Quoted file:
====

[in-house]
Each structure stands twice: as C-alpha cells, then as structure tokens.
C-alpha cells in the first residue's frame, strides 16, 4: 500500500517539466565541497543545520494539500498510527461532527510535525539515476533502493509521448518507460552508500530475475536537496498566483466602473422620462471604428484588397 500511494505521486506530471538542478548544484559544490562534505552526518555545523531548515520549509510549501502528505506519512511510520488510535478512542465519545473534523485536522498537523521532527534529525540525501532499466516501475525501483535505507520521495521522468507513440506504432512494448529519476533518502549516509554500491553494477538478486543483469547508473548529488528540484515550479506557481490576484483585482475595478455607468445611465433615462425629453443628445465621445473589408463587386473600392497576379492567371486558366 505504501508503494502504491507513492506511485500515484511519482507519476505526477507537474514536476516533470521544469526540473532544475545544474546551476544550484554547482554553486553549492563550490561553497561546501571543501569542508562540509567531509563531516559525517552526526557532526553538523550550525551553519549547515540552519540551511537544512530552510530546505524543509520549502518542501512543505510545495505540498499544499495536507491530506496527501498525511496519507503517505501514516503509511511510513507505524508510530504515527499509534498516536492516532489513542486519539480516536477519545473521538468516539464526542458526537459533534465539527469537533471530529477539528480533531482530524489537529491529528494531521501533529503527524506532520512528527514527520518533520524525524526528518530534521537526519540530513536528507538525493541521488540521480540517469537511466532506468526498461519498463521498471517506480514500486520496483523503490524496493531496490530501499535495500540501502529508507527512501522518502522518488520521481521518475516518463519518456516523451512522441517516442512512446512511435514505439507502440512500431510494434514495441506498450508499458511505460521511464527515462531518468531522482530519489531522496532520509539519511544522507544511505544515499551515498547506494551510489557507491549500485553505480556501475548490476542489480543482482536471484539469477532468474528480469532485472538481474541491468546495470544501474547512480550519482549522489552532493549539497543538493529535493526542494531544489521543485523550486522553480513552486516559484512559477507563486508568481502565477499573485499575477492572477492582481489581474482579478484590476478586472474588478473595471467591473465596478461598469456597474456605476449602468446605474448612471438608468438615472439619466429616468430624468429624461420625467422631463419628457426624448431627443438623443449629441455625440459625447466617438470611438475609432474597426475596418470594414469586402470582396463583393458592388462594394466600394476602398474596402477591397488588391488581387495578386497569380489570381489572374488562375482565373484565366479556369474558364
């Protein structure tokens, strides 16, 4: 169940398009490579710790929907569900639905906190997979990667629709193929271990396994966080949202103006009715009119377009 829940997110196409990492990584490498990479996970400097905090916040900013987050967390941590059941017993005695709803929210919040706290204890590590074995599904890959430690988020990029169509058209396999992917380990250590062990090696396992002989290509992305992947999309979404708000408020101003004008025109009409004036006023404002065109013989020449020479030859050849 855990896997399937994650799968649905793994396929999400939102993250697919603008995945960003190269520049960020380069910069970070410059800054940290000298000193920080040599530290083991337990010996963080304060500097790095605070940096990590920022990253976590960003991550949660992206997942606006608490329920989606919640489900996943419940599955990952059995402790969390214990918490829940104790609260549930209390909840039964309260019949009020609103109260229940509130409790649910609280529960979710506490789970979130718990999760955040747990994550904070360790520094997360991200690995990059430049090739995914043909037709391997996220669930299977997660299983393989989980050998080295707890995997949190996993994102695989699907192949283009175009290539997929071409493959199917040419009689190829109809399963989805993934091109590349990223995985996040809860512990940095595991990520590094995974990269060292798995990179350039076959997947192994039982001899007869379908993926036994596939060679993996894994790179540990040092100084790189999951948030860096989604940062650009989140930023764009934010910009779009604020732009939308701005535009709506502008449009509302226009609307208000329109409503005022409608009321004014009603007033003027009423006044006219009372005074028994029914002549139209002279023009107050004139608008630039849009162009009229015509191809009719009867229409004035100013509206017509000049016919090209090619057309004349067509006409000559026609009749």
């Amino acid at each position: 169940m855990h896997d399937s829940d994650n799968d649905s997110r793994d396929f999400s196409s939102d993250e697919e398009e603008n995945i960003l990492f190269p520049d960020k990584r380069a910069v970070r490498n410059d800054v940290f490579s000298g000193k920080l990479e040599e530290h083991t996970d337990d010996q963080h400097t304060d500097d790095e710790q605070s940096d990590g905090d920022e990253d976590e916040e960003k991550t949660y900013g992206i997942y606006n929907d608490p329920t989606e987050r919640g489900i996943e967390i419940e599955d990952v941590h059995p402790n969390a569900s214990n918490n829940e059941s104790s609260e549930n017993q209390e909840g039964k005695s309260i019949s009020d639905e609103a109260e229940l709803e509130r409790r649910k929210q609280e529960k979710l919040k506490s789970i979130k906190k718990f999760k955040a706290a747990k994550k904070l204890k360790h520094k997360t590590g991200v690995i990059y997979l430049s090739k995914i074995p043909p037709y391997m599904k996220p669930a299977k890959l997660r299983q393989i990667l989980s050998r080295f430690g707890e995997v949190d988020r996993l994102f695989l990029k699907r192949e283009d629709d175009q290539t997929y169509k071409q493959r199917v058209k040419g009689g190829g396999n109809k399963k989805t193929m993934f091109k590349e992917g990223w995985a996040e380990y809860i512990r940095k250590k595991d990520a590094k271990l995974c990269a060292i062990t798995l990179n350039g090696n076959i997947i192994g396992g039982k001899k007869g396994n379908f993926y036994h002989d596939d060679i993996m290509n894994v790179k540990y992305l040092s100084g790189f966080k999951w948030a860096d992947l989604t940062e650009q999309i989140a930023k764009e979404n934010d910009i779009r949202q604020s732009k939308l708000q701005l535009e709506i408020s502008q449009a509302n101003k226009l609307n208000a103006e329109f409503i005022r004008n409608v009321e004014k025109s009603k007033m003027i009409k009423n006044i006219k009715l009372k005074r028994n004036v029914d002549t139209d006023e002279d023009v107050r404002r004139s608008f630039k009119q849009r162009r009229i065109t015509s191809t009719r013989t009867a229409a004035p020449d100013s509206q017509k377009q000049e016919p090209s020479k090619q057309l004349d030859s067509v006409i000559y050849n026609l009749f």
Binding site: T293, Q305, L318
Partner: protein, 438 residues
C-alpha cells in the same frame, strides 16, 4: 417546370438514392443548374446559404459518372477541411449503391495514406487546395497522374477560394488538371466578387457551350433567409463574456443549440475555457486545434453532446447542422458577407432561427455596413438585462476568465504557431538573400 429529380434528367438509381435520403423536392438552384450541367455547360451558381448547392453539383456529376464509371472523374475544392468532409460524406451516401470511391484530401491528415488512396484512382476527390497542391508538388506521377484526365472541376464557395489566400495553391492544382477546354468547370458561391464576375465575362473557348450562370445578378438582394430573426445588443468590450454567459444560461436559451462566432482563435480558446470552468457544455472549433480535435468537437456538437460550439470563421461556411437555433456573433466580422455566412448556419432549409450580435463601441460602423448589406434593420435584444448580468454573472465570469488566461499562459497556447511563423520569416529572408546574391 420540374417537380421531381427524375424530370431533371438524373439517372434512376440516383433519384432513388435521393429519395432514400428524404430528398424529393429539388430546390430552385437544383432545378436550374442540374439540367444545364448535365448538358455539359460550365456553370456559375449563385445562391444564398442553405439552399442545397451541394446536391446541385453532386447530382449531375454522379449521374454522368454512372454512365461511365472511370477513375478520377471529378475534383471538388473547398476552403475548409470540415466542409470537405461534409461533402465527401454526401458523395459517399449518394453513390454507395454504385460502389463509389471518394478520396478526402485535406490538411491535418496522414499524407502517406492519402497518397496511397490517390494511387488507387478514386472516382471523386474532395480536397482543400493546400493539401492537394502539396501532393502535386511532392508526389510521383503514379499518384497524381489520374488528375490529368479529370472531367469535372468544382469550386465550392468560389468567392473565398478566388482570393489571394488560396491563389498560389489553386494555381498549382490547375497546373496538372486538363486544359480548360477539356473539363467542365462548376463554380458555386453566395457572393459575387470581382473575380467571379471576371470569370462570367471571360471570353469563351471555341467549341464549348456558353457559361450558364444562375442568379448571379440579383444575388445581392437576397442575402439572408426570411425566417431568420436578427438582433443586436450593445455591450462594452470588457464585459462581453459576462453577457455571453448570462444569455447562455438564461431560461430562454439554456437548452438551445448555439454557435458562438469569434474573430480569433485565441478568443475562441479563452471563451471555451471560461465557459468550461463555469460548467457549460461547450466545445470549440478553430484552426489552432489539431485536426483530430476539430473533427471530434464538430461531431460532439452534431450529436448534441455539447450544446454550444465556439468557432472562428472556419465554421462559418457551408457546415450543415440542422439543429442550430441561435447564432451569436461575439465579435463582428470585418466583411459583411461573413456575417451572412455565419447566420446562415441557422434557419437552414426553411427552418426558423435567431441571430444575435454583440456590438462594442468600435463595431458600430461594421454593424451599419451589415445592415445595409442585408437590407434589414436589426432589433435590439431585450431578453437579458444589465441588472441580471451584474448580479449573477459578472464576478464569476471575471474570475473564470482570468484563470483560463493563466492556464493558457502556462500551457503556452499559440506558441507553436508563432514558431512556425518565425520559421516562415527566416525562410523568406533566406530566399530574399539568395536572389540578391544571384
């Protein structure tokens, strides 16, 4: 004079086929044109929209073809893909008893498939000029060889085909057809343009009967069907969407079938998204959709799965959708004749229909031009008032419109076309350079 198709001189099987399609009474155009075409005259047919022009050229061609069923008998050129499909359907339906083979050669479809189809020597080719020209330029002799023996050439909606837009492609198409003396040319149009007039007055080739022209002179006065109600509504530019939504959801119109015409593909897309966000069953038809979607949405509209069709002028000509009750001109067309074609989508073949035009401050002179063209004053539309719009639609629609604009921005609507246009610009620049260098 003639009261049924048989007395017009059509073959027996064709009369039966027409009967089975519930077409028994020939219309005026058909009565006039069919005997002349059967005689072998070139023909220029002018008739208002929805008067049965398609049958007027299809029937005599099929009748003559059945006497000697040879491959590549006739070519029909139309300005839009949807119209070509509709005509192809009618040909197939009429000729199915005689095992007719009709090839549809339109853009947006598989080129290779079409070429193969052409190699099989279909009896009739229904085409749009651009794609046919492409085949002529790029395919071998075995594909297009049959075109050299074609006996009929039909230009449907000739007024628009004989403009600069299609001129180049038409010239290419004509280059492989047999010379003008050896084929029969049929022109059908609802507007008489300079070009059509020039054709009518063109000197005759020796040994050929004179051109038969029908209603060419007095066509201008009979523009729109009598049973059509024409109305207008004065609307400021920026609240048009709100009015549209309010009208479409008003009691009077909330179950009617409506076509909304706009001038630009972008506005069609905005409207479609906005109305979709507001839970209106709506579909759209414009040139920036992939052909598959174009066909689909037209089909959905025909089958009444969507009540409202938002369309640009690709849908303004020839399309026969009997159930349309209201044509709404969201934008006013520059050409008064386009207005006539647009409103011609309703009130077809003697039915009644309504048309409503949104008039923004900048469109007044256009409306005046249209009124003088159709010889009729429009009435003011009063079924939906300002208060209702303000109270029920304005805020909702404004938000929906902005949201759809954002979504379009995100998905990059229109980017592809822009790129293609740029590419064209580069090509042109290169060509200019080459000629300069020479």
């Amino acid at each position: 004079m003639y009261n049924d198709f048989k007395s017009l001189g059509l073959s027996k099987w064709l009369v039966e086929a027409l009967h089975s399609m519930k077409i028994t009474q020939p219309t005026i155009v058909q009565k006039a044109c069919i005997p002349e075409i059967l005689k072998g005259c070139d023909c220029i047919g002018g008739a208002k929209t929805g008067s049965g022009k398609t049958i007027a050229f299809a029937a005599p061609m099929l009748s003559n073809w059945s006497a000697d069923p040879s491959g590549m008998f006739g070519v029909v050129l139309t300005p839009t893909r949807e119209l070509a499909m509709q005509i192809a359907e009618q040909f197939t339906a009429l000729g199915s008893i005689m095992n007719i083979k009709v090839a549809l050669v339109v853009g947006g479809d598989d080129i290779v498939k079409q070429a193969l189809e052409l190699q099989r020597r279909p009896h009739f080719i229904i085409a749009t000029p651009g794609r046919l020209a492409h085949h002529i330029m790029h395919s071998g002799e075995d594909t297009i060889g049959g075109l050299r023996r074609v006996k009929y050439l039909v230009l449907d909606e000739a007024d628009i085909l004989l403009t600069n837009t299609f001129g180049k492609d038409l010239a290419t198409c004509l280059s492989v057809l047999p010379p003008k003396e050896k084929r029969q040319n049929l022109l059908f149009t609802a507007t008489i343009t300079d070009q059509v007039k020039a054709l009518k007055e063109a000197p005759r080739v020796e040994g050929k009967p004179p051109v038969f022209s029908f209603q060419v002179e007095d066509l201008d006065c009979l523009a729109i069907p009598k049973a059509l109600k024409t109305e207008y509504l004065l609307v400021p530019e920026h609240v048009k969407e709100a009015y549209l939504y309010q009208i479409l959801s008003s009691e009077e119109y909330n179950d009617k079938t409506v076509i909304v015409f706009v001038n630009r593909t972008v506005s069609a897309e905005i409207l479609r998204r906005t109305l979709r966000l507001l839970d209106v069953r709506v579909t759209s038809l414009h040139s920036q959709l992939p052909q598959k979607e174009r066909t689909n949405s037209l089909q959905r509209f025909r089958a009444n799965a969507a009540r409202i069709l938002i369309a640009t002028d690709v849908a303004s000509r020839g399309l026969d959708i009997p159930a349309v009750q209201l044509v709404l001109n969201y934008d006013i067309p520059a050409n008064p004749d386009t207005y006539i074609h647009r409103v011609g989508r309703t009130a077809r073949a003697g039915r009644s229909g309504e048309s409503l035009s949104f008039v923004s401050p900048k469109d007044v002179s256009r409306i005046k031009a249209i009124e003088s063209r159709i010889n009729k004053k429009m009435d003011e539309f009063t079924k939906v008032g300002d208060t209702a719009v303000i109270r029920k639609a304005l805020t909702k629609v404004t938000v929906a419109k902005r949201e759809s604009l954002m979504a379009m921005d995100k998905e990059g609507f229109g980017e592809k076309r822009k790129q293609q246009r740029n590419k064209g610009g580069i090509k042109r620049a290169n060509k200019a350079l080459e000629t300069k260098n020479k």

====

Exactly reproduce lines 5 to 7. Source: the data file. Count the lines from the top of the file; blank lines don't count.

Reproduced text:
């Amino acid at each position: 169940m855990h896997d399937s829940d994650n799968d649905s997110r793994d396929f999400s196409s939102d993250e697919e398009e603008n995945i960003l990492f190269p520049d960020k990584r380069a910069v970070r490498n410059d800054v940290f490579s000298g000193k920080l990479e040599e530290h083991t996970d337990d010996q963080h400097t304060d500097d790095e710790q605070s940096d990590g905090d920022e990253d976590e916040e960003k991550t949660y900013g992206i997942y606006n929907d608490p329920t989606e987050r919640g489900i996943e967390i419940e599955d990952v941590h059995p402790n969390a569900s214990n918490n829940e059941s104790s609260e549930n017993q209390e909840g039964k005695s309260i019949s009020d639905e609103a109260e229940l709803e509130r409790r649910k929210q609280e529960k979710l919040k506490s789970i979130k906190k718990f999760k955040a706290a747990k994550k904070l204890k360790h520094k997360t590590g991200v690995i990059y997979l430049s090739k995914i074995p043909p037709y391997m599904k996220p669930a299977k890959l997660r299983q393989i990667l989980s050998r080295f430690g707890e995997v949190d988020r996993l994102f695989l990029k699907r192949e283009d629709d175009q290539t997929y169509k071409q493959r199917v058209k040419g009689g190829g396999n109809k399963k989805t193929m993934f091109k590349e992917g990223w995985a996040e380990y809860i512990r940095k250590k595991d990520a590094k271990l995974c990269a060292i062990t798995l990179n350039g090696n076959i997947i192994g396992g039982k001899k007869g396994n379908f993926y036994h002989d596939d060679i993996m290509n894994v790179k540990y992305l040092s100084g790189f966080k999951w948030a860096d992947l989604t940062e650009q999309i989140a930023k764009e979404n934010d910009i779009r949202q604020s732009k939308l708000q701005l535009e709506i408020s502008q449009a509302n101003k226009l609307n208000a103006e329109f409503i005022r004008n409608v009321e004014k025109s009603k007033m003027i009409k009423n006044i006219k009715l009372k005074r028994n004036v029914d002549t139209d006023e002279d023009v107050r404002r004139s608008f630039k009119q849009r162009r009229i065109t015509s191809t009719r013989t009867a229409a004035p020449d100013s509206q017509k377009q000049e016919p090209s020479k090619q057309l004349d030859s067509v006409i000559y050849n026609l009749f």
Binding site: T293, Q305, L318
Partner: protein, 438 residues